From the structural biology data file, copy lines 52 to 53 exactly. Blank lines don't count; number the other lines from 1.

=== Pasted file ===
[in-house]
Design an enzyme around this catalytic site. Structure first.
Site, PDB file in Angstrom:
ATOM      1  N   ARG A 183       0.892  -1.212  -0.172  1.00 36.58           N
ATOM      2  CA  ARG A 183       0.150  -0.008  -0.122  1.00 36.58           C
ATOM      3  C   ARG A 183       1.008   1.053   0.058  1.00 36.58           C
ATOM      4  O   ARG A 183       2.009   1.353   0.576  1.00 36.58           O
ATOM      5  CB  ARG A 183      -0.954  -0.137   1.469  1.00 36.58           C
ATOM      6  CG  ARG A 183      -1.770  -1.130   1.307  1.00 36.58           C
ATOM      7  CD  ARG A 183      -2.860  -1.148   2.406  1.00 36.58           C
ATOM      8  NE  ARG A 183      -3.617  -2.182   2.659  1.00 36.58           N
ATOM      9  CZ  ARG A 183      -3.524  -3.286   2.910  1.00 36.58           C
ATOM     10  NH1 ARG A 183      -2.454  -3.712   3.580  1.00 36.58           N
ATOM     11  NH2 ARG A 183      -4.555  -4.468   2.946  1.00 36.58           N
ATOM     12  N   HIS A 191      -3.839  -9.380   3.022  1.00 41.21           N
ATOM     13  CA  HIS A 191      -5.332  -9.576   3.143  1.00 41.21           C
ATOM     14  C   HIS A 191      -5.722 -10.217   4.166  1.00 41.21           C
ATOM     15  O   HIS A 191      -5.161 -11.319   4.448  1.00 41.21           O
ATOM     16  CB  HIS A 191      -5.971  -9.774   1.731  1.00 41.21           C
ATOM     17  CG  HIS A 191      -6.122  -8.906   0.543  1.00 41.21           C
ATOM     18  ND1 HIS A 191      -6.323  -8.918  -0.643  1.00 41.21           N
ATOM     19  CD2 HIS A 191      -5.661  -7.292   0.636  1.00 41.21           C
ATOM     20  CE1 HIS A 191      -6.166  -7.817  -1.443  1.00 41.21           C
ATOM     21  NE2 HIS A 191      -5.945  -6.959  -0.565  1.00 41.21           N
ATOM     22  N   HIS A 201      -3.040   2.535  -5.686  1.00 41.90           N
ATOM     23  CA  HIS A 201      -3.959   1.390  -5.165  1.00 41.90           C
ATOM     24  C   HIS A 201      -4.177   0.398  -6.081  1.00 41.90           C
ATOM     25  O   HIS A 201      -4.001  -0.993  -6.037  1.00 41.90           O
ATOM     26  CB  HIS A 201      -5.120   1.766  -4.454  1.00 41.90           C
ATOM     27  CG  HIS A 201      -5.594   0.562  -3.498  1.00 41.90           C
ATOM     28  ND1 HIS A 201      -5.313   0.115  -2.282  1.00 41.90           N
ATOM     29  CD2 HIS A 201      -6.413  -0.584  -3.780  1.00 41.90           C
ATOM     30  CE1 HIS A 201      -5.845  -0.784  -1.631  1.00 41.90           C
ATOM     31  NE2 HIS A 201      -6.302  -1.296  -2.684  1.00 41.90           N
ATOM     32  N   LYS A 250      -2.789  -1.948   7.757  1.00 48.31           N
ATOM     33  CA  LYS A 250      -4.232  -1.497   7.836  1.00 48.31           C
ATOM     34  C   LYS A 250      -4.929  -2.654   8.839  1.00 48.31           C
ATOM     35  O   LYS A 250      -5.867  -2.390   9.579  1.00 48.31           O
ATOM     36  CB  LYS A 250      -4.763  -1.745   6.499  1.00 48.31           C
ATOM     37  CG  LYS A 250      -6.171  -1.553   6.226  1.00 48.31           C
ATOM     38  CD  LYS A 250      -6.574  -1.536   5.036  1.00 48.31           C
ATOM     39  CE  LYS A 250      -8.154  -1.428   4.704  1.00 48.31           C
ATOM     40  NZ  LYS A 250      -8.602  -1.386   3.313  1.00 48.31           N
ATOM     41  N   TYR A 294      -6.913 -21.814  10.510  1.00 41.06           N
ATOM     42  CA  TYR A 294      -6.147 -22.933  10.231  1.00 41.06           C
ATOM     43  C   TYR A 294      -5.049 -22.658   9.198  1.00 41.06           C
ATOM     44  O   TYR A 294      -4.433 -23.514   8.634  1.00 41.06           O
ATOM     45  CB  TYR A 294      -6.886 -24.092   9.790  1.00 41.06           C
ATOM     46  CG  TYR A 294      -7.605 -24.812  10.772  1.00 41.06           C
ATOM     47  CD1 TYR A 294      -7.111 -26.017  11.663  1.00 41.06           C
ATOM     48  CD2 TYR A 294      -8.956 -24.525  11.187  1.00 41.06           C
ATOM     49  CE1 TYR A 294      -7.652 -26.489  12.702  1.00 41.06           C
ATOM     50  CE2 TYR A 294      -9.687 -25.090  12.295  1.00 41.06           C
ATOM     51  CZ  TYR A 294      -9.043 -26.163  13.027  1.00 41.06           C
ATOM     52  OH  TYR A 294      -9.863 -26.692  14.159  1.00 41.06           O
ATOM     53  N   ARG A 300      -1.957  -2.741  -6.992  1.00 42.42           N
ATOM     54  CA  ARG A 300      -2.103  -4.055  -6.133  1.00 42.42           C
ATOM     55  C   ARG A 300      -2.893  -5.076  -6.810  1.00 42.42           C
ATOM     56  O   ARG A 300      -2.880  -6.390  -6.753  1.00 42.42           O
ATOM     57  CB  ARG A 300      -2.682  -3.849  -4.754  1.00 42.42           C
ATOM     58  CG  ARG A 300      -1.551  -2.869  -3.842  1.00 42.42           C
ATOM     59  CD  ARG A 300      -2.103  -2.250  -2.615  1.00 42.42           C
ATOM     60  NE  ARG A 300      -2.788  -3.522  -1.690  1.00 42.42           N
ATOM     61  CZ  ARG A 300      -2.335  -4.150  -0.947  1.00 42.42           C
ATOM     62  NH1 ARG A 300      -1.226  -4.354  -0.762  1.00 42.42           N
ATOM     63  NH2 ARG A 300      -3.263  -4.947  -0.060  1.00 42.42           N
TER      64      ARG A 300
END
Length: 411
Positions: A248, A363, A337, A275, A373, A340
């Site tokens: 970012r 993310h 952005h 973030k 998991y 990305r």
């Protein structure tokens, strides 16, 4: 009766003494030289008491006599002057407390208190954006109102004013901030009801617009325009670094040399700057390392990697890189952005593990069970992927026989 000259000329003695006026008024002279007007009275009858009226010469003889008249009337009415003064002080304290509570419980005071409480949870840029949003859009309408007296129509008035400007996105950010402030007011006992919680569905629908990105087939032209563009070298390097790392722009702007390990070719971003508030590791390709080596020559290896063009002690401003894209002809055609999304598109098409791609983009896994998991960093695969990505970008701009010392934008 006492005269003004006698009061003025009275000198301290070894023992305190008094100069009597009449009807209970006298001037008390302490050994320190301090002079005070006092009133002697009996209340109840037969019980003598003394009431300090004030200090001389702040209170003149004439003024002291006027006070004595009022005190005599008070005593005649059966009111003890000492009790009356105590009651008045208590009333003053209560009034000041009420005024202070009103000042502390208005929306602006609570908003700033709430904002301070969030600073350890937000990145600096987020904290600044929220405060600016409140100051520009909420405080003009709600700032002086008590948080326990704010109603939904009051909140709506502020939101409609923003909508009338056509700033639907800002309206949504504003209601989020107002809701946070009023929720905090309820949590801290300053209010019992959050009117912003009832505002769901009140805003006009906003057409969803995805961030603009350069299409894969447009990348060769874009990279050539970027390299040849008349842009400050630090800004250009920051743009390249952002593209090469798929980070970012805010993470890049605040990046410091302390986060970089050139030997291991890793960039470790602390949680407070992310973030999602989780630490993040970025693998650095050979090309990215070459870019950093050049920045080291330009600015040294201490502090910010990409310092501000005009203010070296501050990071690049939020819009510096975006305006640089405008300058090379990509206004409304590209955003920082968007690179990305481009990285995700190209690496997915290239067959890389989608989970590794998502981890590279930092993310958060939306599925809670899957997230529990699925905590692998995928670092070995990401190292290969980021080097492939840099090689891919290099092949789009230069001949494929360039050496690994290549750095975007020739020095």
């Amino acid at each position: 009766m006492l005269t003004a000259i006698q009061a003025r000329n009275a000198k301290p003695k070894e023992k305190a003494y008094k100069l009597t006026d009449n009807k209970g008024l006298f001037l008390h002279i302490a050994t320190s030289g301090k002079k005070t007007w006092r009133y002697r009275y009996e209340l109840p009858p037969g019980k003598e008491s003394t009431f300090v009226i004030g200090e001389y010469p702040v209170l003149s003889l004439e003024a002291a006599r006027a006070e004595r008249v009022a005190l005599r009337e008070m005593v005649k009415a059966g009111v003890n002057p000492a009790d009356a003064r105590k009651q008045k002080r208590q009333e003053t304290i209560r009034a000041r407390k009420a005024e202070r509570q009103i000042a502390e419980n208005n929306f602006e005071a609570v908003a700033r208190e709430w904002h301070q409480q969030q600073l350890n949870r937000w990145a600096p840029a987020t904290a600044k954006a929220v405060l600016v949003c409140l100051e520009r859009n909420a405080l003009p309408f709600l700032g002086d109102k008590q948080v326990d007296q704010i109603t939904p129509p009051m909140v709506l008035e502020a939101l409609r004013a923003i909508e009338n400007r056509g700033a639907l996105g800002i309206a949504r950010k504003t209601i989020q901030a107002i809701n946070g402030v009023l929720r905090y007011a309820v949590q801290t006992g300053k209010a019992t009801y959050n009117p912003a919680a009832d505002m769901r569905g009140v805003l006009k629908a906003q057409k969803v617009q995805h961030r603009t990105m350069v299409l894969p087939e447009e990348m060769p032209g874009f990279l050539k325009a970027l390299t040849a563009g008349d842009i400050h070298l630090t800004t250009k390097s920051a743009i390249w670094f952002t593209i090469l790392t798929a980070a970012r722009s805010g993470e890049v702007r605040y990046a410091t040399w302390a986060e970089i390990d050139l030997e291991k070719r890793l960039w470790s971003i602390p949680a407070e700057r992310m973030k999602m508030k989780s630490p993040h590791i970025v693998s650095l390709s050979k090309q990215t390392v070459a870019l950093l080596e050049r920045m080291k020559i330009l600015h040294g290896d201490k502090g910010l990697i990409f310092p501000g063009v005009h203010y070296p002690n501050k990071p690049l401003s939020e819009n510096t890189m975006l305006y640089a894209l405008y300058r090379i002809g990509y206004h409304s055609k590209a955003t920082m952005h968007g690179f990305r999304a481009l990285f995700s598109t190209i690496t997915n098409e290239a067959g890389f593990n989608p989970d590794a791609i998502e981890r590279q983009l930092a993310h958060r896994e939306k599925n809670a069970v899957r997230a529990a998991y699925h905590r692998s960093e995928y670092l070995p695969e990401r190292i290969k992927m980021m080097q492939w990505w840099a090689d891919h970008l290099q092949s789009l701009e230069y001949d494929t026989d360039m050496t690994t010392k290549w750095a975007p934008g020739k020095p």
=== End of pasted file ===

ATOM     49  CE1 TYR A 294      -7.652 -26.489  12.702  1.00 41.06           C
ATOM     50  CE2 TYR A 294      -9.687 -25.090  12.295  1.00 41.06           C